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Crypto Bill threatens anti-money laundering efforts: Ora Partners

Friday 26 April 2024 | Written by Supplied | Published in Economy, National, Parliament, Technology


Crypto Bill threatens anti-money laundering efforts: Ora Partners
Ora Partners chief executive Puai Wichman. Ora Partners/24042521

While serious concerns over the integrity of the Tainted Cryptocurrency Recovery Bill 2023 remain, “witnessing the wheels of our democracy at play during the select committee hearing was an awe-inspiring experience”, says Puai Wichman.

However, the chief executive officer of Ora Partners, a Cook Islands wealth management firm that offers asset protection, investment portfolio diversification, and consulting services, has raised alarms over the proposed bill. 

The bill was tabled in Parliament in December last year and referred to a special select committee. It has been reported that Drumcliffe, a US-based high-value debt collector specialising in international asset seizure, hired two Cook Islands lawyers to draft this legislation which, if approved in present form, could validate hacking into any account or system in the world.

Cook Islands Crown Law Office previously stated they were not consulted and excluded from the drafting of the bill. However, this was denied by one of the lawyers hired to draft the legislation, who claimed they made efforts to consult but were unsuccessful.

In a statement, Ora Partners said although the proposed piece of legislation has raised eyebrows both in the Cook Islands and internationally, the select committee hearing held on Friday, April 12, “showcased the devotion and diligence of civically engaged citizens who care about the future and reputation of the Cook Islands”.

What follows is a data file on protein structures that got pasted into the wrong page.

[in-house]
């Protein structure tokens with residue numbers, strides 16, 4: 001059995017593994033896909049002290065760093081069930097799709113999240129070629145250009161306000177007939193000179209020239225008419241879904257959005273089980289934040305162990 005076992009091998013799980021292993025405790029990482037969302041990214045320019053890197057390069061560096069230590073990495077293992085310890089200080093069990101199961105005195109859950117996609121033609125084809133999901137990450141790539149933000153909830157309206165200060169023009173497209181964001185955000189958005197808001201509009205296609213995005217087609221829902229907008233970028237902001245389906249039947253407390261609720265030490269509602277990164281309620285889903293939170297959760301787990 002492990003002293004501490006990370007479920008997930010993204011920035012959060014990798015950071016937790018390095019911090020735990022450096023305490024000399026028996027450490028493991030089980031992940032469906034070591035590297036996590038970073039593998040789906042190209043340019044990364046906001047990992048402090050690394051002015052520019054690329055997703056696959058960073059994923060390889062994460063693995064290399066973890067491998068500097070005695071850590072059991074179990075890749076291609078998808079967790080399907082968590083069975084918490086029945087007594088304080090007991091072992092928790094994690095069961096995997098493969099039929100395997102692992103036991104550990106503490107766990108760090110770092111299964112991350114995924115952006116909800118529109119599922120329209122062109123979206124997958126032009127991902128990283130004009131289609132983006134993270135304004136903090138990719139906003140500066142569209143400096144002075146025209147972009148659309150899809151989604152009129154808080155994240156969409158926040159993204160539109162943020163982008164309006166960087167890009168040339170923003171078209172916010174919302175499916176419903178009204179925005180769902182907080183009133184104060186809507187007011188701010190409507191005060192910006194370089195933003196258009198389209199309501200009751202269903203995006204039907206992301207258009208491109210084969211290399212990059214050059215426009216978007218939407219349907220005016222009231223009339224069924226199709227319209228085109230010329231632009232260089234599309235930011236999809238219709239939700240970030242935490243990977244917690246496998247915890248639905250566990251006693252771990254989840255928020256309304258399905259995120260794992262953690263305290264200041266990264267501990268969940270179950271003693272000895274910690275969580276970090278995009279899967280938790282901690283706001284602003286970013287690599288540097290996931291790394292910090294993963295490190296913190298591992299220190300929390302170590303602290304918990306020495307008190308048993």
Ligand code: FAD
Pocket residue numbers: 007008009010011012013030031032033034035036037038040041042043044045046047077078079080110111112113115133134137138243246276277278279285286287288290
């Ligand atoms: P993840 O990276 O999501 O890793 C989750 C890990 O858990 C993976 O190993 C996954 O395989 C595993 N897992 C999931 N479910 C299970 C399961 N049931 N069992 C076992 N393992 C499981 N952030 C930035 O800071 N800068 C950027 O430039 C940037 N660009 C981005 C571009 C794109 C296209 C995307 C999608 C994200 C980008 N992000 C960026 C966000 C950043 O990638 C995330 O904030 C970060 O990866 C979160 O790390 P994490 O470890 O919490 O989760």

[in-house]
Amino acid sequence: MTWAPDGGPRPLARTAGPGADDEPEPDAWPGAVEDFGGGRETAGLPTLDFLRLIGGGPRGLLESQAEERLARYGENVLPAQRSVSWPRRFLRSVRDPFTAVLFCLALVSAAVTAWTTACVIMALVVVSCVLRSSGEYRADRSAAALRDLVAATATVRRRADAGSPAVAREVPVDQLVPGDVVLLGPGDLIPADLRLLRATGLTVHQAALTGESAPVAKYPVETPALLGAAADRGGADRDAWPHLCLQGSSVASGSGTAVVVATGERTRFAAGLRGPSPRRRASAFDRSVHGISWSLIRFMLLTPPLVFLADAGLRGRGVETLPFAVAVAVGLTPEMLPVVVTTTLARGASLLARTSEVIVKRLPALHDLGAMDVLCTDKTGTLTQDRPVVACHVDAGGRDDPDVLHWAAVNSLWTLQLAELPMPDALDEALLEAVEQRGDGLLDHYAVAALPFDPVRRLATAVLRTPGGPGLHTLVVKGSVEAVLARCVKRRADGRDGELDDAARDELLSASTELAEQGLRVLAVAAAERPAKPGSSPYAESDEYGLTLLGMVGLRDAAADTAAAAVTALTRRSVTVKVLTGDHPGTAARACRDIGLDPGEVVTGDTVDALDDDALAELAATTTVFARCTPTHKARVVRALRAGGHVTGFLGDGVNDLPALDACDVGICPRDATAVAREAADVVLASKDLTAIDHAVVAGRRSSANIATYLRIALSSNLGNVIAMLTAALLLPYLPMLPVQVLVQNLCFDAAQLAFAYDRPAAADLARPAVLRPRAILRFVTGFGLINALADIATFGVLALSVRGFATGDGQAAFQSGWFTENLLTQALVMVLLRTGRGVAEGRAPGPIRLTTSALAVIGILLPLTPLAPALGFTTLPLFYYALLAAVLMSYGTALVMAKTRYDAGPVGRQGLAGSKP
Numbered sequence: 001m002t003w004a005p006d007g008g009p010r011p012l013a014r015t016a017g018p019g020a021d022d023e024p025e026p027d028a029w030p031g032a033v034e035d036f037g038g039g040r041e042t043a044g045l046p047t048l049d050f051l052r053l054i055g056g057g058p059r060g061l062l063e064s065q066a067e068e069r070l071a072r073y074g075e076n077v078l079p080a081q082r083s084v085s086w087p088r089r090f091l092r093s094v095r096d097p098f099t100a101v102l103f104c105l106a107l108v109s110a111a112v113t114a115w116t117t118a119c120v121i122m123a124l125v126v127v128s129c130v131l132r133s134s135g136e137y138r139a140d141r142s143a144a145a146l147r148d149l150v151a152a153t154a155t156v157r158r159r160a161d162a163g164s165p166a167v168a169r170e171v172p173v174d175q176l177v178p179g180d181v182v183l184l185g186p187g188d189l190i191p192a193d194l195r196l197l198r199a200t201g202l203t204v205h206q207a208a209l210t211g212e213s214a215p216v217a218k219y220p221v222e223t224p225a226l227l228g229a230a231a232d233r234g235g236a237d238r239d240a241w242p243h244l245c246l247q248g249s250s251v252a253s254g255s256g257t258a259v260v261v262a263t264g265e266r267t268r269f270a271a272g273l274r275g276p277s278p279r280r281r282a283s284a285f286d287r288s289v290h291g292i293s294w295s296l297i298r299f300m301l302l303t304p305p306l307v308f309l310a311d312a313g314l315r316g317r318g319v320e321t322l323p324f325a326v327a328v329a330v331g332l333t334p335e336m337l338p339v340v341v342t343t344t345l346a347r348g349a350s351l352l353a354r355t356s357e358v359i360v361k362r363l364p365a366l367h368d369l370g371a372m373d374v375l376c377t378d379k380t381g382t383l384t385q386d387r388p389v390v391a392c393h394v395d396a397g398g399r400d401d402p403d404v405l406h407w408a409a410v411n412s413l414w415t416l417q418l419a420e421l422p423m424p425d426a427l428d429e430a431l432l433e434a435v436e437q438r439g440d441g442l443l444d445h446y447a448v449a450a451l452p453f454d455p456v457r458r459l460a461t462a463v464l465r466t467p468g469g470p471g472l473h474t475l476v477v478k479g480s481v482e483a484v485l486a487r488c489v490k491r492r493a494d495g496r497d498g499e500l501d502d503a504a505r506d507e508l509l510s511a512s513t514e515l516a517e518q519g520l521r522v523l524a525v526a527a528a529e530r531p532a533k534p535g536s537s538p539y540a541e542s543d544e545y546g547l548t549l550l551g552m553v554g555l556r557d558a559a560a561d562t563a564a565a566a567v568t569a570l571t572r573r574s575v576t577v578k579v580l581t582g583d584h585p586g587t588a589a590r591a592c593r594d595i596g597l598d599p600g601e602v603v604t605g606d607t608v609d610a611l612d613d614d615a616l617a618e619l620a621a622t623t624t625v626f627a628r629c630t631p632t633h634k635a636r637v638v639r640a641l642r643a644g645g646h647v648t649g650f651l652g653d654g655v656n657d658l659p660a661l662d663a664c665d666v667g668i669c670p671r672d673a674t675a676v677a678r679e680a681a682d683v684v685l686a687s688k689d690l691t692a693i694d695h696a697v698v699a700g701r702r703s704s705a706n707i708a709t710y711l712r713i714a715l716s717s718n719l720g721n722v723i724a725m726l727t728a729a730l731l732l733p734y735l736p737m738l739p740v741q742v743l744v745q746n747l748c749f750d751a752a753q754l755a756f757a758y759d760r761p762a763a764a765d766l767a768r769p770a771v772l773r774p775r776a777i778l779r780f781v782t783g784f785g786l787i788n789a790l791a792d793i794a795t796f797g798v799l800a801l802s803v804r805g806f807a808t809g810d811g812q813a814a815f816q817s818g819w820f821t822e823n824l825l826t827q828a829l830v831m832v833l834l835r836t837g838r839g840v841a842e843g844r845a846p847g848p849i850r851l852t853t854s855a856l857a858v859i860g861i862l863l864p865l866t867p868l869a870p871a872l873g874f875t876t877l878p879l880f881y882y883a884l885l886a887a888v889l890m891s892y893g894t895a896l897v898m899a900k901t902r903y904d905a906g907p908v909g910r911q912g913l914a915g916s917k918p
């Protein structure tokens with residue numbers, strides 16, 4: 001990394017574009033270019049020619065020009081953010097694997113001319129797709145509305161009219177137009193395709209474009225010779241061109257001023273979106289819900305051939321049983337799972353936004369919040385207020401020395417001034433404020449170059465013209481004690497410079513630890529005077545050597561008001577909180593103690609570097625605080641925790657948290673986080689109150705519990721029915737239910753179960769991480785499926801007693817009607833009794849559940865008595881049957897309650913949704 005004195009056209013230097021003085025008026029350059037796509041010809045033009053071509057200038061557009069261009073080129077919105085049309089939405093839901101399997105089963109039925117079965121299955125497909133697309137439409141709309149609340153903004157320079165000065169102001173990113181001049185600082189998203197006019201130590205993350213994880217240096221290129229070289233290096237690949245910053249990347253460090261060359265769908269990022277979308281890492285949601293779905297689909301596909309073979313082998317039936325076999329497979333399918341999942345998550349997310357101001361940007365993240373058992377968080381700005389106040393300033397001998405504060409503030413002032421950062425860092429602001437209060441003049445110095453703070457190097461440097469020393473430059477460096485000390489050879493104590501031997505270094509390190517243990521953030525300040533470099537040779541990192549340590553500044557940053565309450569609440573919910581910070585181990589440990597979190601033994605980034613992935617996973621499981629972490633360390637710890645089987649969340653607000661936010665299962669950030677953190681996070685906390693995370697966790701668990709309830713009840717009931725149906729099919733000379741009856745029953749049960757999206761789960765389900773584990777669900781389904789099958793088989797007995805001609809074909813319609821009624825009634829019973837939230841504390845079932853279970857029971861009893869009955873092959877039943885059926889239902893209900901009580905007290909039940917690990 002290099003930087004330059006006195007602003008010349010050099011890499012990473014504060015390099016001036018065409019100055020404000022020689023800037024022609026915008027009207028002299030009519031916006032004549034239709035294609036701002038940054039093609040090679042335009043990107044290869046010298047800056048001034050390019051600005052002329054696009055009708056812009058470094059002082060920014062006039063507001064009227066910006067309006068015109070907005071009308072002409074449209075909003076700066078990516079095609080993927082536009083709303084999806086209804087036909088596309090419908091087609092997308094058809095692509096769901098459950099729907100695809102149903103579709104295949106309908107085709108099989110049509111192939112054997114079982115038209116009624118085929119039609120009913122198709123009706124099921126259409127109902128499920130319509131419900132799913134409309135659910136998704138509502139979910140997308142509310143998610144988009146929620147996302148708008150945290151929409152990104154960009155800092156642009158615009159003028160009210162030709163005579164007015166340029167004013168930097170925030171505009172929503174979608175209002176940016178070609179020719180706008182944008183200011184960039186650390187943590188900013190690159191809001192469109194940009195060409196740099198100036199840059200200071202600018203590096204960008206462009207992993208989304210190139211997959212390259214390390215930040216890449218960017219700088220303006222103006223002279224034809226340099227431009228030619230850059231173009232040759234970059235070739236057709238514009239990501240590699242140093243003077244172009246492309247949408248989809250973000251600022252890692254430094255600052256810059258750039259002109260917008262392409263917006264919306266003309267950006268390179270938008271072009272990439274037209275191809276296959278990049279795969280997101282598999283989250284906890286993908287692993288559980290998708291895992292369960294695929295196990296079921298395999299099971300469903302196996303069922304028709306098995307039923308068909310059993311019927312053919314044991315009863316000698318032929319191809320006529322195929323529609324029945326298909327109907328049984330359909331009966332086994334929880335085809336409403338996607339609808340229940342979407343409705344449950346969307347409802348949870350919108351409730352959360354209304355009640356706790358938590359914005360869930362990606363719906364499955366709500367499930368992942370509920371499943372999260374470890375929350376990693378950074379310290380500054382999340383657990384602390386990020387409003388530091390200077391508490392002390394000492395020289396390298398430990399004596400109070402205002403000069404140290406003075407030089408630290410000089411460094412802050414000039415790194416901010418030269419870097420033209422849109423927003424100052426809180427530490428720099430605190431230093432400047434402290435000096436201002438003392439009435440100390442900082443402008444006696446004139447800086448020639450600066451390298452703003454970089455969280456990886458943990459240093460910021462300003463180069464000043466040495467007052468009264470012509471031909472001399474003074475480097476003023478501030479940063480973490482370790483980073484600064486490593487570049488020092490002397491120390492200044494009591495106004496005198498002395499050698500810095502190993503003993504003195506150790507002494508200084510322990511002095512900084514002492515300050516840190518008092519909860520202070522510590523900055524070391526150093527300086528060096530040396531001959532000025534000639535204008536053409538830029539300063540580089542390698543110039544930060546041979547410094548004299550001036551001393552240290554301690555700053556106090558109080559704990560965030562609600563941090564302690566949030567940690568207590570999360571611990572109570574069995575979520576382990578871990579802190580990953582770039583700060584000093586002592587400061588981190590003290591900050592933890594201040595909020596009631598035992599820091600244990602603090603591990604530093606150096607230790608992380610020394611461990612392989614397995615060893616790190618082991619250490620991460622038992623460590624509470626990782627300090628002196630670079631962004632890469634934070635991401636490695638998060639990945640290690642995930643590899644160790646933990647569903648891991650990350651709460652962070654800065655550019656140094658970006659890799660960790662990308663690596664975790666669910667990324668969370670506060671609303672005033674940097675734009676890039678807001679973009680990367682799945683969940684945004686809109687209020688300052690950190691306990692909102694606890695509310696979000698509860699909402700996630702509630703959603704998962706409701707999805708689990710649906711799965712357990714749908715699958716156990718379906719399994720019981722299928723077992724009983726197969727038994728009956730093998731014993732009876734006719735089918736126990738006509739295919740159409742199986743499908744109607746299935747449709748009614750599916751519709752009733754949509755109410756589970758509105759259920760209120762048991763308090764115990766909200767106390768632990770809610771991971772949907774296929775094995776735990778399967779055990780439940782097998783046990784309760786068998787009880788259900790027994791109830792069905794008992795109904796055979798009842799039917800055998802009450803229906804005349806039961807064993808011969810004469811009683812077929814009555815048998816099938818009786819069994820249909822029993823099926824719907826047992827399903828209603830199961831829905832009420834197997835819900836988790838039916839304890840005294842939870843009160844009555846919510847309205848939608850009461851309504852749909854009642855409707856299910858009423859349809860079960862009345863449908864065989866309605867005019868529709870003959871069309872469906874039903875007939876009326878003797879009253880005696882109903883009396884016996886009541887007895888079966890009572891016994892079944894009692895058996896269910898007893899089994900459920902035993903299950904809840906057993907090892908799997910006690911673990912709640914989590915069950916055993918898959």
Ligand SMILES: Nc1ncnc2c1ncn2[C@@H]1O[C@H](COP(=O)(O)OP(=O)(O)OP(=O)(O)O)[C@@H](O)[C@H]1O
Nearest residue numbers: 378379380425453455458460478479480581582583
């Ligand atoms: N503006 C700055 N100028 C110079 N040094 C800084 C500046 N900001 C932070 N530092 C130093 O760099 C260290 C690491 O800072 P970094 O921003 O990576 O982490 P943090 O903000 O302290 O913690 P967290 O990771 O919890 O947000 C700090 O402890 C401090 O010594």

“I was privileged to see highly competent Cook Islanders working in various Crown agencies of the Cook Islands, including Crown Law, make highly persuasive and objective submissions, essentially telling the promoters of this Bill that they did not approve. I was really impressed with the high calibre submissions. It reassures me that we have good people in government, who can stand up when our national interest is at stake,” Wichman said.

It is no accident that the Cook Islands is seen as the gold standard for asset protection trusts, a reputation built on the back of highly qualified and competent Cook Islanders, who have worked tirelessly over the last 40 years to build a trustworthy industry, says Ora Partners.

“That legacy continues today with Cook Islanders speaking up and raising concerns over a piece of legislation authored by a private US corporation that does not align with industry ethics and standards.”

The Cook Islands is well-known for fulfilling its commitments to fight tax evasion, money laundering, and financing of terrorism.

“Meeting our responsibilities as a good international citizen is critical to the integrity of the Cook Islands and this Bill falls short on those criteria,” Wichman says.

“We cannot harm our international standing in the area of anti-money laundering, so we must first consult with international partners such as the European Union, the Organisation for Economic Cooperation and Development, and the Financial Action Task Force.

“We have worked incredibly hard to gain recognition for our efforts in this space. This bill must not be allowed to jeopardise that.”

While the process by which the Tainted Cryptocurrency Recovery Bill was drafted, vetted, and introduced remains troubling, industry professionals are encouraged by the careful attention and assertiveness of various players in both the public and private sectors in the Cook Islands, the statement adds.

“Still there are concerns about how the bill progressed as far as it did and about its content, which suggests a geopolitical agenda.”

Wichman says Ora Partners and other trust companies in the Cook Islands will continue to monitor the progression of the Tainted Cryptocurrency Recovery Bill and other finance-related legislation and will continue to demand integrity and transparency from decision-makers.

“We have the competence and capability to sort this matter out on our own,” he says. “We have a solid parliamentary system, and the rule of law is paramount.”